All other things being the same, the type of culture a drug rehab program is in will greatly influence the type of treatment patients will receive. Dallas and the rest of North Texas had a historic role in bringing about alcohol prohibition in the early 20th century.
Then, as now drug treatment, rehabilitation, and the surrounding attitudes towards were strongly influenced by religion
According to the Pew Research Center, about 81% of Texans consider themselves to belong to some kind of organized religion, with about 77% of all adults professing belief in one of the many forms of Christianity. Dallas is almost unusual among major American metropolitan areas for the high number of Christians, with about 4 in 5 Dallasites claiming to be Christian.
This faith is reflected in the types of drug treatment and rehab programs available in the Dallas-Forth Worth-Arlington metro. Many Dallasites with drug and alcohol use problems may feel that secular or non-religious treatment programs may not adequately address their spiritual needs, thus fueling a continued strong demand for faith-based rehabs.
Faith-based rehab programs include some kind of religious or spiritual component as part of the treatment approach. The most famous faith-based programs are perhaps Alcoholics Anonymous and Narcotics Anonymous.
It’s worth noting that not all “faith-based” does not always imply the same thing. While religion and spirituality can be a major component of some programs, they may only be touched on in passing in others.
It should also be pointed out that in the American context, “faith-based” almost always implies the program has Christian components. However, there are also non-denominational faith-based substance rehab programs as well as programs espousing other religions such as Islam, Judaism, Hinduism, and others.
Faith-based rehabilitation has often been criticized elsewhere for allegedly not being “evidence-based”, as many secular rehabs tend to brand themselves. This necessarily implies that they may be less effective.
But, while that might be true for some cases, it does not mean faith-based drug and alcohol rehab has no value. As we’ll explore further, faith still clearly has a role to play in treating substance use disorders — especially in the Dallas area.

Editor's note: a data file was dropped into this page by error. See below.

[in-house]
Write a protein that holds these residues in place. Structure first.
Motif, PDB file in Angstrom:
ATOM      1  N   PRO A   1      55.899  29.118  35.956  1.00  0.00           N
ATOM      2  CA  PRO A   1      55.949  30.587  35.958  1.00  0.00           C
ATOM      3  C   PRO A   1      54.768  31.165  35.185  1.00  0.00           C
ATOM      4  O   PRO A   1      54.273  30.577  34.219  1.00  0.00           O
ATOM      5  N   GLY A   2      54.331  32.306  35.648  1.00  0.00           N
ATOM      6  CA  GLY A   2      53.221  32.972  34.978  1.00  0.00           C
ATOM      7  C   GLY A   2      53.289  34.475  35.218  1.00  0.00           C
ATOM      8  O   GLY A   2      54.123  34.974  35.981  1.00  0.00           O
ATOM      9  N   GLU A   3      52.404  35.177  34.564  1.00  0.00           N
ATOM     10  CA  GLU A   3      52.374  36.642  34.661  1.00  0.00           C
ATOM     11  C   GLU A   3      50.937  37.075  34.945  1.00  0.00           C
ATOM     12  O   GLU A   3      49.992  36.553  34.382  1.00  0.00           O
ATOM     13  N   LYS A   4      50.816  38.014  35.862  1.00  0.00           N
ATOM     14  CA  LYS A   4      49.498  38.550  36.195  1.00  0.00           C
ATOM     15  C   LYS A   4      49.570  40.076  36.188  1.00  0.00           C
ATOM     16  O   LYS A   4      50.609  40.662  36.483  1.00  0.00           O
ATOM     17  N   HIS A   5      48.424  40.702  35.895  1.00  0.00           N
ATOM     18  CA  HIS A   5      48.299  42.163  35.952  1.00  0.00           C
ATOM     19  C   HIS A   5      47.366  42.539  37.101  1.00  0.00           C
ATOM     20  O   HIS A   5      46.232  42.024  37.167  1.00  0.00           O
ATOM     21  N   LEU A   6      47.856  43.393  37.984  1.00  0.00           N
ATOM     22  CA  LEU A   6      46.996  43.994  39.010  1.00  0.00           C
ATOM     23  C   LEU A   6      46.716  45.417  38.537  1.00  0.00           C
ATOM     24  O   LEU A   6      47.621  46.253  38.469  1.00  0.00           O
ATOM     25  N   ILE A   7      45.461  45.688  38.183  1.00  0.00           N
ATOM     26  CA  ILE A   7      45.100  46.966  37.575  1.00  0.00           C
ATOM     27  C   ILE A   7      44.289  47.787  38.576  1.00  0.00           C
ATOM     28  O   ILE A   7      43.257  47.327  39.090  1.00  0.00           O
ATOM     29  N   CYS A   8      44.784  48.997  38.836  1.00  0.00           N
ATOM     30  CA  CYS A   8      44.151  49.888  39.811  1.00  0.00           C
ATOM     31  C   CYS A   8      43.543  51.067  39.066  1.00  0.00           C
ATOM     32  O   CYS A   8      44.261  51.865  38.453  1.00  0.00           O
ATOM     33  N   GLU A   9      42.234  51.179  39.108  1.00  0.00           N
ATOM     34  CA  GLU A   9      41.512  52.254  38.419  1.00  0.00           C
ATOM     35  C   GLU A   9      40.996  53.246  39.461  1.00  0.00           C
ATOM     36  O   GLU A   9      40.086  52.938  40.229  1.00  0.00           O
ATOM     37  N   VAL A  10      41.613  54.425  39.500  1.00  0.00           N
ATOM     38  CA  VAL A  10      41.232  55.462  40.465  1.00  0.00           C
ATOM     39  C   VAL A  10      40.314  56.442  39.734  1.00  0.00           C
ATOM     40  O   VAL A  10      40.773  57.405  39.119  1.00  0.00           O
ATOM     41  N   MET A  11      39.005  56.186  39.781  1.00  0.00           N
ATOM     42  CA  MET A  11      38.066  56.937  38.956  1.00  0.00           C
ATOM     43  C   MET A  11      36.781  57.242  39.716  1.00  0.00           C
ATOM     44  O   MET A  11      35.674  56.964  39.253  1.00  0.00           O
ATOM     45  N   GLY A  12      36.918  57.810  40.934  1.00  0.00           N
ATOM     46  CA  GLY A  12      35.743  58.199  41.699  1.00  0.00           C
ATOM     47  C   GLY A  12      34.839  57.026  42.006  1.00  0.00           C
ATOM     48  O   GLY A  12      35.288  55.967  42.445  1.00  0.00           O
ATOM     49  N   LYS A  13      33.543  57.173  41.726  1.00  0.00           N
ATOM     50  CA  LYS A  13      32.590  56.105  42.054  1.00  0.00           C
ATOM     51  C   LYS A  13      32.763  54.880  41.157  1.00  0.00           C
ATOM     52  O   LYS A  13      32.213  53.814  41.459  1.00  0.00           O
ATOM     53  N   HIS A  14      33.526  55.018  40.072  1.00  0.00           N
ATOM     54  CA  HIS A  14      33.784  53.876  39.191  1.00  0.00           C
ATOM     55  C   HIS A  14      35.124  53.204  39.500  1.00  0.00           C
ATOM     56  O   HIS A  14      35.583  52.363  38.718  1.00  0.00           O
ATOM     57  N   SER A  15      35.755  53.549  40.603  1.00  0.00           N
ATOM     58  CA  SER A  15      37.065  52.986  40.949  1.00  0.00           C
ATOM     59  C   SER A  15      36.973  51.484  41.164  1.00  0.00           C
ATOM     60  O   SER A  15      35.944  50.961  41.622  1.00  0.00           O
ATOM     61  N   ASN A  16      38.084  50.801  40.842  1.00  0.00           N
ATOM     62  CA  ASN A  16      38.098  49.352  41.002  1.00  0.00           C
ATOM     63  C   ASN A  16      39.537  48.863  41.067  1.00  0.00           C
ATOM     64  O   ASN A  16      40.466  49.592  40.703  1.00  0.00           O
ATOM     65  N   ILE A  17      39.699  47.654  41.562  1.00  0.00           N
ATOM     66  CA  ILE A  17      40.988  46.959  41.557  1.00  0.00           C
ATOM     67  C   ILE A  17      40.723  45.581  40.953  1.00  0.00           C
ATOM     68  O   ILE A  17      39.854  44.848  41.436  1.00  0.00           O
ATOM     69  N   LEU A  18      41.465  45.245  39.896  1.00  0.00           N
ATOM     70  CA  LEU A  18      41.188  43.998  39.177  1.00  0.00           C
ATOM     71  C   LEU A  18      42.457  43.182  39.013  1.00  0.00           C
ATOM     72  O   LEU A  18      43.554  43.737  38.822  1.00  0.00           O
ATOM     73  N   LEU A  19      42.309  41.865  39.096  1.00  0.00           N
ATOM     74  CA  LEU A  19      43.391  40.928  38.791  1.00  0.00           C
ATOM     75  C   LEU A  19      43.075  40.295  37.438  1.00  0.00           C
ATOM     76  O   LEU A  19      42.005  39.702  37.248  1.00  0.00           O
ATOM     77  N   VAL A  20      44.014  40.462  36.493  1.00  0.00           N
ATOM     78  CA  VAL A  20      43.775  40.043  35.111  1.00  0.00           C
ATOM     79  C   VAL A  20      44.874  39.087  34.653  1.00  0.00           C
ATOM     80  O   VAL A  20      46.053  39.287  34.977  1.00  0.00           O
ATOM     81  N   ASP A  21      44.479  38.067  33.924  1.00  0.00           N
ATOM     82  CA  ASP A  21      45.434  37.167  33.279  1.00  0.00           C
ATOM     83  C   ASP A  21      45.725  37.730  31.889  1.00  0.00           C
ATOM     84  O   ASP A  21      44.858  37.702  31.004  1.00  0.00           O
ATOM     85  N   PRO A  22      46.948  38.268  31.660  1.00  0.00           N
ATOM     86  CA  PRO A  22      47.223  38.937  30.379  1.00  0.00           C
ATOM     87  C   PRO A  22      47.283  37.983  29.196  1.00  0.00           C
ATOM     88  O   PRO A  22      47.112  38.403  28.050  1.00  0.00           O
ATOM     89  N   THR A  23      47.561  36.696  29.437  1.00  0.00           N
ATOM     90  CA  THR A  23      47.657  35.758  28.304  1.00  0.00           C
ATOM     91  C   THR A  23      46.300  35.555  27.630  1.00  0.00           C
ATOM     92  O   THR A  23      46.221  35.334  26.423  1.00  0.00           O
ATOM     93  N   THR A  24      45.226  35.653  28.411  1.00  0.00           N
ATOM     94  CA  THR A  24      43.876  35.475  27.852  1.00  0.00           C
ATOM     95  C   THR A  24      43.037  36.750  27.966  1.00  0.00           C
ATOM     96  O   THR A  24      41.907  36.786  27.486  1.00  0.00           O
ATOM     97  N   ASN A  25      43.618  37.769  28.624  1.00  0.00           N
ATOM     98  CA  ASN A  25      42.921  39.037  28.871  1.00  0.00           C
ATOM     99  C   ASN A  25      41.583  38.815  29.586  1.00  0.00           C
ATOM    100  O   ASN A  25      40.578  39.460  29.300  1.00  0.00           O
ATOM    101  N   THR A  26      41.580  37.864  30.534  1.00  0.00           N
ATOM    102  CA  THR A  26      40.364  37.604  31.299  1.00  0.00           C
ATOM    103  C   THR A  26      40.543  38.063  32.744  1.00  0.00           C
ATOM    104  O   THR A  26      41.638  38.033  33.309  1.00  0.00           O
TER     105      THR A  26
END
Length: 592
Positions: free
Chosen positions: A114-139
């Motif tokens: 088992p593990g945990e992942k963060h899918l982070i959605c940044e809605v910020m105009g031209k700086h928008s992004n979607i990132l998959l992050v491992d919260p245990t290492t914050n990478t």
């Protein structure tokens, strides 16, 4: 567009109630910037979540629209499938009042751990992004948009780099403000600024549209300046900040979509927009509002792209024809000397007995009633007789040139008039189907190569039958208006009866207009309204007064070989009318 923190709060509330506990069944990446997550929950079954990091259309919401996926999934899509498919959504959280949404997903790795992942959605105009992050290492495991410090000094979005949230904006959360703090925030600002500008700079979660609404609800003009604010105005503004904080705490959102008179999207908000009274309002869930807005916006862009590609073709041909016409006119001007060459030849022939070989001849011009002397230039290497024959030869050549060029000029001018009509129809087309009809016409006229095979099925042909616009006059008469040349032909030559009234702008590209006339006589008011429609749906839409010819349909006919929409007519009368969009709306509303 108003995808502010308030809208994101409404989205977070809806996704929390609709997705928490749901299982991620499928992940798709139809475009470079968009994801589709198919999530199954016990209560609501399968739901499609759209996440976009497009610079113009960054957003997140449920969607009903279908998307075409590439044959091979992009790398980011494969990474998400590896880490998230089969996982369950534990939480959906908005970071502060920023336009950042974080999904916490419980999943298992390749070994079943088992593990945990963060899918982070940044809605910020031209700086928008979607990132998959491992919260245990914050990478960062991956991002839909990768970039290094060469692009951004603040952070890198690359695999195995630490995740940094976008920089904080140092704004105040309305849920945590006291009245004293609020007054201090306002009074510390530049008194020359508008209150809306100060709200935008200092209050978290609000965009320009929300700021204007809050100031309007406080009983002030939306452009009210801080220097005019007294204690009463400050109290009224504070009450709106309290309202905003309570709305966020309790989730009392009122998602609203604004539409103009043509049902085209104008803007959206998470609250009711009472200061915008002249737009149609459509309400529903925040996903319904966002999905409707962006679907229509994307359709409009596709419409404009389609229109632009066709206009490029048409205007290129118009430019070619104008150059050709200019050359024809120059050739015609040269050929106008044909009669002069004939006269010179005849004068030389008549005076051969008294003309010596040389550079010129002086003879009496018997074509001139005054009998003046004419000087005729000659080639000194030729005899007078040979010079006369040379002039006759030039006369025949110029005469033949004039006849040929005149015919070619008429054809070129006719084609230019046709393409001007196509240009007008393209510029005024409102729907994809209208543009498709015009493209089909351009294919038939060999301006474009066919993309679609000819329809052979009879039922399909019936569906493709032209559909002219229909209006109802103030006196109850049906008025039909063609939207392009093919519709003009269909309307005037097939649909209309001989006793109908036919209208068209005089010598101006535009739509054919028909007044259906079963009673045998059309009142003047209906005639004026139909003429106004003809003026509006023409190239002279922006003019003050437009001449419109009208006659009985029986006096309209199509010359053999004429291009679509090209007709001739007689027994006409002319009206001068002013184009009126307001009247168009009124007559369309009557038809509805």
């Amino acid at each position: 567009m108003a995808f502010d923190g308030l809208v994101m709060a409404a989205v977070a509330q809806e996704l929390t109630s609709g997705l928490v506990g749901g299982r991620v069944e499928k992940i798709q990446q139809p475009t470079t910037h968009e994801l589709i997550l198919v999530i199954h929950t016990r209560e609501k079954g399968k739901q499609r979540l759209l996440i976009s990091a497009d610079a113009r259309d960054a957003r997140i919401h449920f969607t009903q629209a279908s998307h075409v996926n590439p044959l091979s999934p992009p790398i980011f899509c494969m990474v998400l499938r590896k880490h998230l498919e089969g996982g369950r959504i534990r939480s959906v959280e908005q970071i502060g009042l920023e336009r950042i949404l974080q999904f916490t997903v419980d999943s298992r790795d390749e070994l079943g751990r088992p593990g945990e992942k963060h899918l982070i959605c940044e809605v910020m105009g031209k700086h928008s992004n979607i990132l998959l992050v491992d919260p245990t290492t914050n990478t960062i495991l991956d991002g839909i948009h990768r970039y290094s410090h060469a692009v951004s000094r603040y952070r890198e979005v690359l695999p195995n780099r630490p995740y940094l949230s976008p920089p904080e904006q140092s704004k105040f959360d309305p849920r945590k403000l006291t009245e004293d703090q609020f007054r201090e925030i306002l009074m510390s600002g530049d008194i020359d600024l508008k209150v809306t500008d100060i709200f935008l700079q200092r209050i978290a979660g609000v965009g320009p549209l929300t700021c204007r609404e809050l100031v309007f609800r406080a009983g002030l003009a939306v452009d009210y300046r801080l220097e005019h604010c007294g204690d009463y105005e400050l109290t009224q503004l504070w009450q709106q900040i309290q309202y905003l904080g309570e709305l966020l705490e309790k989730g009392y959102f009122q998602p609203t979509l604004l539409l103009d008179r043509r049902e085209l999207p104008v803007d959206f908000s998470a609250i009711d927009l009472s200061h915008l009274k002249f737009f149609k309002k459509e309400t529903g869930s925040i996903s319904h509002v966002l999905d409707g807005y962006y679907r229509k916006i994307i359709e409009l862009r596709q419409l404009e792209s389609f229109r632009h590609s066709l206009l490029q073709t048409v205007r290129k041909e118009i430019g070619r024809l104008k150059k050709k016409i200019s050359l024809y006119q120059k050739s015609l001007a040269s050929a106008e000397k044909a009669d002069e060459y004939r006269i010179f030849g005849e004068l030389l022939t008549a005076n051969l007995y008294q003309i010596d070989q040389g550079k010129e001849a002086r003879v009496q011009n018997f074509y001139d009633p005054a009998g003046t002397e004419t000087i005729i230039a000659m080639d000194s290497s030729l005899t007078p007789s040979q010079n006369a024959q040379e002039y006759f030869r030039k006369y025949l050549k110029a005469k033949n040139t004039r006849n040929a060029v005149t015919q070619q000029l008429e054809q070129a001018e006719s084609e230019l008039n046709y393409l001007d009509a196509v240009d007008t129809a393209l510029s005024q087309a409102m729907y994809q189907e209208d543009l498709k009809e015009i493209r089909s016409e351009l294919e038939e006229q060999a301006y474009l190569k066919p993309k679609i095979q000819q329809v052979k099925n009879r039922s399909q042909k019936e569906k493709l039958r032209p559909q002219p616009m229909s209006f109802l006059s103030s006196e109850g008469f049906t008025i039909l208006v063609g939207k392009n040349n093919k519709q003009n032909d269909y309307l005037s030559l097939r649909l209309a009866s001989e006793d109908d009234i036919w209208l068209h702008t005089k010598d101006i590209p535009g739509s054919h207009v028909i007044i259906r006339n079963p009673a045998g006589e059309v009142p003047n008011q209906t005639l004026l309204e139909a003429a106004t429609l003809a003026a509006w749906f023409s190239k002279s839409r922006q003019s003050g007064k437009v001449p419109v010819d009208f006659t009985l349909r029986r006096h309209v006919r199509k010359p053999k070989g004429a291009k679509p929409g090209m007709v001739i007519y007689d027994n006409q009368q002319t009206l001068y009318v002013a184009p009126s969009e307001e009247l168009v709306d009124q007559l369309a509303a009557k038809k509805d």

Multiple studies support the idea that religious practices in rehab programs can be effective. This seems to be more true when the program aligns with an individual’s beliefs. Perhaps driving home this idea, non-religious people do better in secular programs, such as SMART Recovery. This seems to indicate that individuals in need of treatment should sign up for programs that already aligned with their belief system.
There are also some comparative studies that show Christian or Bible-based drug rehab initiatives significantly outperformed secular counterparts. Recidivism and drug use seems to be much lower among participants who undergo the recovery process in a faith-based program.
There is also a study co-written by researchers at the Institute for Studies of Religion at Baylor University and the Religious Freedom & Business Foundation published in 2019 that concluded that faith was “indispensable” in substance rehab. This is due to the better success rates of most faith-based recovery programs and initiatives that try to prevent substance misuse. The study further notes that these programs contribute “$316.6 billion in savings to the US economy every year at no cost to tax payers”.
Why faith-based substance rehab initiatives are more effective than secular ones is not definitively known. However, a recent Brazilian study indicates that it may be down to the strong support and community offered by different religions. Religion can be as much about one’s identity, place in a group, and protecting “one’s own” as it is following scripture and practices. This may be why non-religious people tend to do better in secular programs as well.
Contrary to what some people might expect, the vast majority of faith-based rehabs employ conventional evidence-based approaches. This is similar to how hospitals associated with religions primarily employ modern medicine.
Conventional treatments such as group therapy, individual counseling, cognitive-behavioral therapy, drug substitution, supervised detox, and withdrawal management are all standard in most faith-based programs.
As expected, faith-based rehabs will have a spiritual or religious component. This might include religious meditation, daily prayers, Bible/ scriptural study, religious services among others. Some may use a non-denominational though definitively faith-based approach to serve a wider community.
Contrary to what you might expect, faith-based programs lead the way in recovery rates throughout America. This may have to do with the fact that a handy majority of Americans still profess some kind of faith, even after a decades-long trend towards secularism.
Regardless, the main consensus is that individuals with substance use disorders tend to have better rehab outcomes if they join a program that aligns with their way of thinking.
The implication is so long as Dallasites and other Americans remain faithful, there will be a place for some kind of faith-based substance use rehab and prevention initiatives. Indeed, the 2019 Baylor study found that 73% percent of substance rehab programs in America had some faith-based element, which closely mirrors the rate of religiosity in the country.
If you or someone you know is interested in finding a faith-based substance rehab program, get in touch with our team at Dallas Drug Treatment Centers. We can connect you with a selection of residential and outpatient programs that align with your beliefs. Stay healthy, and be well!